How Much Do Horseback Riding Lessons Cost?
The answer to this question isn’t as simple as it seems. First, riding lesson prices vary from one part of the country to another because the cost of maintaining horses is different from one region to the next. Hay and grain expenses in particular depend in large part on the geographic area.
Next, not only does an instructor or lesson barn have to feed and house the lesson horses, there’s also veterinary care, regular hoof care and more. Add in the cost of equipment–saddles, bridles, brushes, plus teaching materials–and you can see how quickly the costs add up. There’s also the expense of maintaining the barn and property, labor, taxes, utilities and more, which are all part of the big picture that factor into lesson prices.
Last but by no means least, Time To Ride Program Facility instructors are required to maintain professional membership and/or certification and participate in continuing education. As with most things in life, good quality riding instruction may cost a little more than what the 17-year-old kid down the road charges to “teach” your child, but you’re paying for years of experience, training and a safe and welcoming environment on well-trained horses.
Private Versus Group Horseback Riding Lessons
One of the ways to keep lesson costs down is to ride in group lessons instead of individual private lessons. Many instructors will start new riders in private lessons or very small groups while they learn the basics, then offer the option to move to larger group lessons.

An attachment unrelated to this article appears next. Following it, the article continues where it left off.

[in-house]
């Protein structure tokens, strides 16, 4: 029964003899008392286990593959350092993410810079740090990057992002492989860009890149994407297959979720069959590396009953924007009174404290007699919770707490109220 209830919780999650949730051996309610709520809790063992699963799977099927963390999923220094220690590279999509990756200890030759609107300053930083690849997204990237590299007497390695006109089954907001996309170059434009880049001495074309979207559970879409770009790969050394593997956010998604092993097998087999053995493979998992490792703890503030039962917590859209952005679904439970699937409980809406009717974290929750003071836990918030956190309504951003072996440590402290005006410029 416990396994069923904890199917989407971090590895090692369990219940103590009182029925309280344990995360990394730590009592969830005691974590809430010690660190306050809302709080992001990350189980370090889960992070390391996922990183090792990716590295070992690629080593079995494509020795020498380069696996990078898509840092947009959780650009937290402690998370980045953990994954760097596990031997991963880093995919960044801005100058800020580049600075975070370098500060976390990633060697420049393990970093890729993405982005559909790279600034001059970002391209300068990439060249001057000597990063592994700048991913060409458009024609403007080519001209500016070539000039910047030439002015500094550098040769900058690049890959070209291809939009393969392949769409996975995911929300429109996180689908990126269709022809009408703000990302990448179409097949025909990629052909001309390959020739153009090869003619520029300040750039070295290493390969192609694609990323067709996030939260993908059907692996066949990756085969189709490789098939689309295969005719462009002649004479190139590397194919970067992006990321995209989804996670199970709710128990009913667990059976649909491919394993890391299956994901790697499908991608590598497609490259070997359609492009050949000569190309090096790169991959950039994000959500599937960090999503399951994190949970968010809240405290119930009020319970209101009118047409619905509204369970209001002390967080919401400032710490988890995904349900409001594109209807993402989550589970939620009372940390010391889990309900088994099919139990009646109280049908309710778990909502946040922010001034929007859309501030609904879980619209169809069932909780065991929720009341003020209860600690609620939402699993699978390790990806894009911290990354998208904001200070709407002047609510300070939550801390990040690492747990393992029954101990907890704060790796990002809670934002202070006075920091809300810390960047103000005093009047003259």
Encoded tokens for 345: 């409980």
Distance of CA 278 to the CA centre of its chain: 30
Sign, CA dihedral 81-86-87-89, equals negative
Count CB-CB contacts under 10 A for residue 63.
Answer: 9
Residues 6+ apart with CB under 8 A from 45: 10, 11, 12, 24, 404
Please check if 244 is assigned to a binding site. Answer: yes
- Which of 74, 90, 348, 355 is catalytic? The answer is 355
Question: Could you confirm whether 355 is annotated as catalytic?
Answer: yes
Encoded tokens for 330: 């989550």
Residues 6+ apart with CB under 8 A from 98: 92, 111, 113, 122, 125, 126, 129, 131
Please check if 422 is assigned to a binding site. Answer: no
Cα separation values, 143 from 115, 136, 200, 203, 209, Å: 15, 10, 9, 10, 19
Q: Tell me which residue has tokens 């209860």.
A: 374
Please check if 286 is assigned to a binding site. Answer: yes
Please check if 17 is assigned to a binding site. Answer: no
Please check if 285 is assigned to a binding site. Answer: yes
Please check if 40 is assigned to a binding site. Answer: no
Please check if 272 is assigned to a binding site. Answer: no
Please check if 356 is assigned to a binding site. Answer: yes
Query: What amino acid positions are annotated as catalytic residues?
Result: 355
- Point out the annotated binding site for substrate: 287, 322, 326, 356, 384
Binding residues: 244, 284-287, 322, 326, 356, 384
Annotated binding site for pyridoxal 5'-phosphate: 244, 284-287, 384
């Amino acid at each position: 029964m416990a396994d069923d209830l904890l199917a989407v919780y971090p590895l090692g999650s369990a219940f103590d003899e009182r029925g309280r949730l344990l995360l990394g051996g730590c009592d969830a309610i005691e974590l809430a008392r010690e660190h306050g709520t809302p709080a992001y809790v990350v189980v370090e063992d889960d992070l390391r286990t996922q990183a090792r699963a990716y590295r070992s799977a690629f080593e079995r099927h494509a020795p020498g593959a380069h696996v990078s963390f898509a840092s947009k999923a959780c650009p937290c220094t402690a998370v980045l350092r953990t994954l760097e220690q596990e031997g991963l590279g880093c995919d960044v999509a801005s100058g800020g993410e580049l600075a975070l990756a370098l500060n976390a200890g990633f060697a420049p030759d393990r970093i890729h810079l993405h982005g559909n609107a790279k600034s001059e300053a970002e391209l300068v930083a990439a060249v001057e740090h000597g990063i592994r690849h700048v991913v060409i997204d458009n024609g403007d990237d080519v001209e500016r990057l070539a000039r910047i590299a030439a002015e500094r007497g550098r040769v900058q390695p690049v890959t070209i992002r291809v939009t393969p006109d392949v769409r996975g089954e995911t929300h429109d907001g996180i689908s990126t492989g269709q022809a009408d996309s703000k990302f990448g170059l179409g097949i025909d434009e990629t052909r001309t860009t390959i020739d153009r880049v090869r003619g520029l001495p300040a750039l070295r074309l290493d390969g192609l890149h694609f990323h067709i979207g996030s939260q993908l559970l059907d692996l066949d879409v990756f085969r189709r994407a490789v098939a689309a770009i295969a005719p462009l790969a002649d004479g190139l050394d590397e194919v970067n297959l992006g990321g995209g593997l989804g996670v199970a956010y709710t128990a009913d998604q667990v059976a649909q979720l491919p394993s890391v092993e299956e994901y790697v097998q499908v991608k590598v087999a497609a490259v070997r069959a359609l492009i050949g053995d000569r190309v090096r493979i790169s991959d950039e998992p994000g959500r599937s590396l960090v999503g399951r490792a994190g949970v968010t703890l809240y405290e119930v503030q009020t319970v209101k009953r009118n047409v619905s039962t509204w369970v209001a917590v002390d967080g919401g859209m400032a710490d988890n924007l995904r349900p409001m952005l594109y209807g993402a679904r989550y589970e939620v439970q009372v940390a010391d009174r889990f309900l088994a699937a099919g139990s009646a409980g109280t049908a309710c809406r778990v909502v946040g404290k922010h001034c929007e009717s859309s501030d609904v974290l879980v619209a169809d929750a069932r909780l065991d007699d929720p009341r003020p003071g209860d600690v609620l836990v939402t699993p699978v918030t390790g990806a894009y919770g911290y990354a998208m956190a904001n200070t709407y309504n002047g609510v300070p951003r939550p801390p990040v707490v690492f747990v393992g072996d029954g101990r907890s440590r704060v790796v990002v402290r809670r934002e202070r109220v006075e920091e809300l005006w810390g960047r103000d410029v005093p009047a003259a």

Time To Ride Program Facilities typically offer a series of weekly lessons that include basic horse care as well as riding. These lesson series are usually offered at a flat rate for the series rather than a per-lesson charge.
Equipment Needs for Horseback Riding Lessons
Your initial investment in riding equipment should be relatively low. At Time To Ride Program Facilities, riders are required to wear long pants, closed-toe shoes or boots with heels, and helmets designed specifically for horseback riding. Some facilities will have helmets available to share, while others will require you provide your own. As you or your child progress with riding, you might want to invest in paddock or cowboy boots, and if learning English-style riding, a pair or two of jodhpurs (riding pants) is appropriate. Your instructor is a great source for details on what equipment is needed and where to find it at the best prices.